The Struggle of the Millennial

Image: State Farm

We millennials grew up in a world of established wealth and healthcare, and even enjoyed a brilliant coming-of-age that coincided with the rise of popular technology from the now-indispensable Google search engine (1998) and a plethora of social media, to hardware like the iPhone dynasty and stunning advances in artificial intelligence.

While the older generations often complain about millennials (calling us the strawberry generation), here are some legitimate reasons we should square our shoulders and buck up.


Trump got elected


As we previously showed, the general attitude locally towards the scandal-ridden President-elect can be summed up simply (and euphemistically): Bleah. Practically, the famously mercurial mogul has blamed Singapore for stealing jobs away from America, and his continued opposition to the Trans-Pacific Partnership (TPP) looks likely to sink the transnational deal – bad news for trade-dependent Singapore.

China is starting to bully us


As Trump turns America’s sights inward, the resulting power vacuum in Asia would be filled by China. The Asian tiger recently asserted its authority against Singapore’s wishes when nine SAF armoured vehicles were confiscated at Hong Kong harbour on a tip from the mainland (“undeclared military materials” is the charge). The vehicles were on their way home from a routine training exercise in Taiwan. China’s media voice, the Global Times, suggested an altered attitude towards the republic by saying that Singapore had “walked into the trap” and that the armoured vehicles might be “melted down” if the Chinese people wanted it. Loud and clear, China, loud and clear.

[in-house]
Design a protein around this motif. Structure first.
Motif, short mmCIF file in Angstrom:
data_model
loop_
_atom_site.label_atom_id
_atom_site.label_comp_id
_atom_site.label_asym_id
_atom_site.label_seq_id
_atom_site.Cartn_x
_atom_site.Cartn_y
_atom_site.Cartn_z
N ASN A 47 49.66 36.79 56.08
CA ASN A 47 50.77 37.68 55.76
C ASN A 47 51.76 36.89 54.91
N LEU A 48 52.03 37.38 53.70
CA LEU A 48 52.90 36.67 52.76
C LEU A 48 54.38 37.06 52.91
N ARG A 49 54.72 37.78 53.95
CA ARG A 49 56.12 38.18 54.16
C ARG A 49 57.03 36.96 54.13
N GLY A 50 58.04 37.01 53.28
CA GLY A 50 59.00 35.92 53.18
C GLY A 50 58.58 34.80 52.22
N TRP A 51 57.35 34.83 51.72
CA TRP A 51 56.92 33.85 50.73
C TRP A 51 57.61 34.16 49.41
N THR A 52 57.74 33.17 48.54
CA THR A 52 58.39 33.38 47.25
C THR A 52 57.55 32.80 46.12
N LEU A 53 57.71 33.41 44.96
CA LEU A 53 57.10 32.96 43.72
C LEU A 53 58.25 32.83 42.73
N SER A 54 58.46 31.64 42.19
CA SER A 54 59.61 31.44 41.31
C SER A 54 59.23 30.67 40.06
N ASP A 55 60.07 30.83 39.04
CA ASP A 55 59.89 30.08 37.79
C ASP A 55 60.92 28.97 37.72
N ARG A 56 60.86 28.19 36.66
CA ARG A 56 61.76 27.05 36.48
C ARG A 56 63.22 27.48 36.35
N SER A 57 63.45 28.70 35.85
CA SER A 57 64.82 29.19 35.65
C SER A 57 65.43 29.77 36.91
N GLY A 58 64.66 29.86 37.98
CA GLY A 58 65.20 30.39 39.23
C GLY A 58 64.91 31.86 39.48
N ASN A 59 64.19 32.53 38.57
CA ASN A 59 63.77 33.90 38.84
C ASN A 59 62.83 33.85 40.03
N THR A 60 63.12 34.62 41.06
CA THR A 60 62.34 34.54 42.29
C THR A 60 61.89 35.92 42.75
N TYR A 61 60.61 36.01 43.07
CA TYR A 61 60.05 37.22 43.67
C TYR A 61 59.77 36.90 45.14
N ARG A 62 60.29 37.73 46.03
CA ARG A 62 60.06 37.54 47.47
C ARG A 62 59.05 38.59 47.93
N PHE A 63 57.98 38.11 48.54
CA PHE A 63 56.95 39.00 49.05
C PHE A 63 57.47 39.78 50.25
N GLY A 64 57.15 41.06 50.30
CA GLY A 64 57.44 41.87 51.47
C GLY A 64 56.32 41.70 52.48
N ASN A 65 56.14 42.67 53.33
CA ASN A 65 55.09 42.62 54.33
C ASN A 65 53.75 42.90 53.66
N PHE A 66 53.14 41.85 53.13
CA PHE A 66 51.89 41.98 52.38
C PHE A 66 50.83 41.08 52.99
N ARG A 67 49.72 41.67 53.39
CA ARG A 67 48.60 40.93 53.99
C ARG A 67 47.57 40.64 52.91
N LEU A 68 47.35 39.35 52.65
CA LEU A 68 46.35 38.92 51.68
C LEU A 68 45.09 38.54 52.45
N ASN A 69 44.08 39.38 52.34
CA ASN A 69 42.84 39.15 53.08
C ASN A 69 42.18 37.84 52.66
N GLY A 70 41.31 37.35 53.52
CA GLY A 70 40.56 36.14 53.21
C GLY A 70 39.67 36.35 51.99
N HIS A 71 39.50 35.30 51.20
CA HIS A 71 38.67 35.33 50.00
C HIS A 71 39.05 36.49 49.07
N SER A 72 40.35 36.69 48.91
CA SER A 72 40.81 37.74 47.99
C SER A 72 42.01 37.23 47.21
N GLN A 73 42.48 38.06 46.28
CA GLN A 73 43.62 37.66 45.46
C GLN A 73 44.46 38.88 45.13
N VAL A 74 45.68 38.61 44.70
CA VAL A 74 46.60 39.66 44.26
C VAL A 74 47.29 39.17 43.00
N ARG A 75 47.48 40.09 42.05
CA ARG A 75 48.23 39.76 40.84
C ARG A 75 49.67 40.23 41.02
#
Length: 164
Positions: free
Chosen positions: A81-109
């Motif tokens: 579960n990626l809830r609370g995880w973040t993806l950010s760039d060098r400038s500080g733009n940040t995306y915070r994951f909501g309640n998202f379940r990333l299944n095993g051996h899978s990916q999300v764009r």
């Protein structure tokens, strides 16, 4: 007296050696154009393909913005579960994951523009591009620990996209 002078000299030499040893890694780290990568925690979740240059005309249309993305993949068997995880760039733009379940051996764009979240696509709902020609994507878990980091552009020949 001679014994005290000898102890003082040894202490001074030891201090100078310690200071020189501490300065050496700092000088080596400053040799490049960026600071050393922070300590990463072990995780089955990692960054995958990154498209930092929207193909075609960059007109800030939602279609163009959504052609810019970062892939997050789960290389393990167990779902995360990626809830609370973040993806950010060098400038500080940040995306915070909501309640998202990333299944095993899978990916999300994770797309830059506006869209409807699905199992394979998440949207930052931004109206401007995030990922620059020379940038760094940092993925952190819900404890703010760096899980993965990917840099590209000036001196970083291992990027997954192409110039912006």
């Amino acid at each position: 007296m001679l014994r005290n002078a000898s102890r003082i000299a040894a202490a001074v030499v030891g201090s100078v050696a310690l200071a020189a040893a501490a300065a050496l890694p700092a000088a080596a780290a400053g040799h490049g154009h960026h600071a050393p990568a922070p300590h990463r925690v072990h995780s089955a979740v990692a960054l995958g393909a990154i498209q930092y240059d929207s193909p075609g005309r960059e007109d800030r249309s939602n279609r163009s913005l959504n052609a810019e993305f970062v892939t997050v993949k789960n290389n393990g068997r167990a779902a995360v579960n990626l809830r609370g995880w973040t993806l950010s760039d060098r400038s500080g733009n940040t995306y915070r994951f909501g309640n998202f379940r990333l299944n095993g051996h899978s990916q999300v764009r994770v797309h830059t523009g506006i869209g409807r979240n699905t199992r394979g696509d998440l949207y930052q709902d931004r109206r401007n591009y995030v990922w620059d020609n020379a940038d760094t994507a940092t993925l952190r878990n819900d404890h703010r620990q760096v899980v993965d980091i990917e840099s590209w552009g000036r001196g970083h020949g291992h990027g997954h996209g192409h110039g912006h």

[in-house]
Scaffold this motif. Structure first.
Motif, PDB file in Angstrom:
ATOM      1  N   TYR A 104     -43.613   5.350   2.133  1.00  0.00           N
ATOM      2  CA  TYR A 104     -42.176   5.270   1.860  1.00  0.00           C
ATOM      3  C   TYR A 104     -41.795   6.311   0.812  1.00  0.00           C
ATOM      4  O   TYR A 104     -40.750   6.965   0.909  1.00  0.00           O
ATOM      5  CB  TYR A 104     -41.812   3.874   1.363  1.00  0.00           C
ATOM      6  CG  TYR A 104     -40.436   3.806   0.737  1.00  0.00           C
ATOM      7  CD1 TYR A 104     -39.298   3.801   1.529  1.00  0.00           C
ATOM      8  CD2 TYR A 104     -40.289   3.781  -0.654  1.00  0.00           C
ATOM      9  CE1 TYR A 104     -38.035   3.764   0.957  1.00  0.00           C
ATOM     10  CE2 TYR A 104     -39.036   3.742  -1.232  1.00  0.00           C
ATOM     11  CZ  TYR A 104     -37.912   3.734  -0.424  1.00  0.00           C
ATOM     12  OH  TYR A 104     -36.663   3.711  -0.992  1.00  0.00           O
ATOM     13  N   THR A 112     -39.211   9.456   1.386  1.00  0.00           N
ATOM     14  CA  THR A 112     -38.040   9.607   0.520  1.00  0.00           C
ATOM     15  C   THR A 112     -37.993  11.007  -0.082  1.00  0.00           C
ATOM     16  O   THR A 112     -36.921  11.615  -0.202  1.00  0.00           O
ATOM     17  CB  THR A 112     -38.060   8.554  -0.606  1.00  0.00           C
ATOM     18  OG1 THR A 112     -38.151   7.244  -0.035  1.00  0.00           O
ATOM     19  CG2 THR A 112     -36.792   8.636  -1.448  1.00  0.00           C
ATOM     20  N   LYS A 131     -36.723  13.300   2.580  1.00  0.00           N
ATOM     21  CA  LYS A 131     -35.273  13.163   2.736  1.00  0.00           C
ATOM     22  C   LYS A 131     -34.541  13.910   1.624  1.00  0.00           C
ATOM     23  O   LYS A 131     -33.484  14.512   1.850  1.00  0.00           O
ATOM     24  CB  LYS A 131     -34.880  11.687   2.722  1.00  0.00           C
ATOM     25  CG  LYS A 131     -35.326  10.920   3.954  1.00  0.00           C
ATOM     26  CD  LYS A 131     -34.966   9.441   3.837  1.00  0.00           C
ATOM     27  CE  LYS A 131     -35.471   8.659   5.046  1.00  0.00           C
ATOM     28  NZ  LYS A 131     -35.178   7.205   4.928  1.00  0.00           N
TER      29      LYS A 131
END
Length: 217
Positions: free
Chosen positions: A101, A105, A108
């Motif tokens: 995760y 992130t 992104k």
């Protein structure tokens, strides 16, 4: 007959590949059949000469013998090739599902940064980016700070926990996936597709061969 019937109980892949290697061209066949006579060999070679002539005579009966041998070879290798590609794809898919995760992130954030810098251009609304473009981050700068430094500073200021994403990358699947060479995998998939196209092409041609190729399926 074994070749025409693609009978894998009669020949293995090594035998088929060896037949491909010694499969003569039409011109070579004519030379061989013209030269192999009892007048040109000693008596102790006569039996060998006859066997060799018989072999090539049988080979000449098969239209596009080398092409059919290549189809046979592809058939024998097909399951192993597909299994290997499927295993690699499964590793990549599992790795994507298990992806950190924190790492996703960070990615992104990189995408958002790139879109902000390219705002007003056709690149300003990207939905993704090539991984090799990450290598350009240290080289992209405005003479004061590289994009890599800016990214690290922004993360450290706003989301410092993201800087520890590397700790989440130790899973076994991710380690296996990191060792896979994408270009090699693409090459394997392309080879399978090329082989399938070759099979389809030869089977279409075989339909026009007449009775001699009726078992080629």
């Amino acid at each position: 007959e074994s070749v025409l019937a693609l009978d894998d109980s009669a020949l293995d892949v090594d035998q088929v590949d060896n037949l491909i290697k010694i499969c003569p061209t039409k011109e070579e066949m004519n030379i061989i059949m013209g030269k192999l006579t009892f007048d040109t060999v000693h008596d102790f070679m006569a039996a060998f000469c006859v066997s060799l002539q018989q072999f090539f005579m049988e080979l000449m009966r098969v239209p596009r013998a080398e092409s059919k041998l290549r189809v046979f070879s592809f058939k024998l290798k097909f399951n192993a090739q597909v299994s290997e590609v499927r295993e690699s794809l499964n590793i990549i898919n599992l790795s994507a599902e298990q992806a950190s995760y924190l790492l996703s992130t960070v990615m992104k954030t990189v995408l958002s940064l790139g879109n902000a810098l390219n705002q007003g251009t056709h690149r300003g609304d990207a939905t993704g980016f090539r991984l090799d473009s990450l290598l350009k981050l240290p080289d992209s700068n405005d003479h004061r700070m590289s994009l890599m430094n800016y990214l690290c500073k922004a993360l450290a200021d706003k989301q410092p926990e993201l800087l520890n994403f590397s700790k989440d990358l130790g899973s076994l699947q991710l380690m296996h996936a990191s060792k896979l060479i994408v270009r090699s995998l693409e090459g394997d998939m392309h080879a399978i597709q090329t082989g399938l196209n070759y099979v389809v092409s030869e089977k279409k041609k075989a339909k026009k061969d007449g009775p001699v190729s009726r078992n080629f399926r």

We’re working really long hours


Japan is famous for overwork (and death from it), but Singaporean millennials actually have their Japanese counterparts narrowly beat by numbers, with an average of 48 hours a week, versus Japan’s 46 hours a week. Also shocking is the discovery that 14% of Singapore millennials think they will have to work until the day they die, a scary sentiment shared by 12% of millennials worldwide.

We lack jobs

Around half of Singapore millennials surveyed also felt pessimistic about their immediate career prospects, and were not confident of finding an equally good or better job in 3 months if they lost their present one. Based on September’s Ministry of Manpower statistics, the number of available jobs actually fell below the number of people seeking jobs for the first time in 4 years. Dampeners on the global economy like the Trump presidency, Brexit, and a slowing China have raised resistance to new hires, even as layoffs reached their highest point in seven years. Looking ahead, Singapore looks set to experience a prolonged period of low to moderate growth.

And don’t even get us started on the threat of superbugs, climate change or the increasing social burden as our population ages.


Well, no one’s competing for corners to curl up in. Millennials number roughly a quarter of the world’s population, and with higher education, tech savviness and openness to change, we are also more equipped to make important shake ups happen. If we can humble ourselves to learn from the boomers and Ys how to knuckle down and show grit under pressure, we can at least be their equal in the face of these daunting challenges.

By Vincent Tan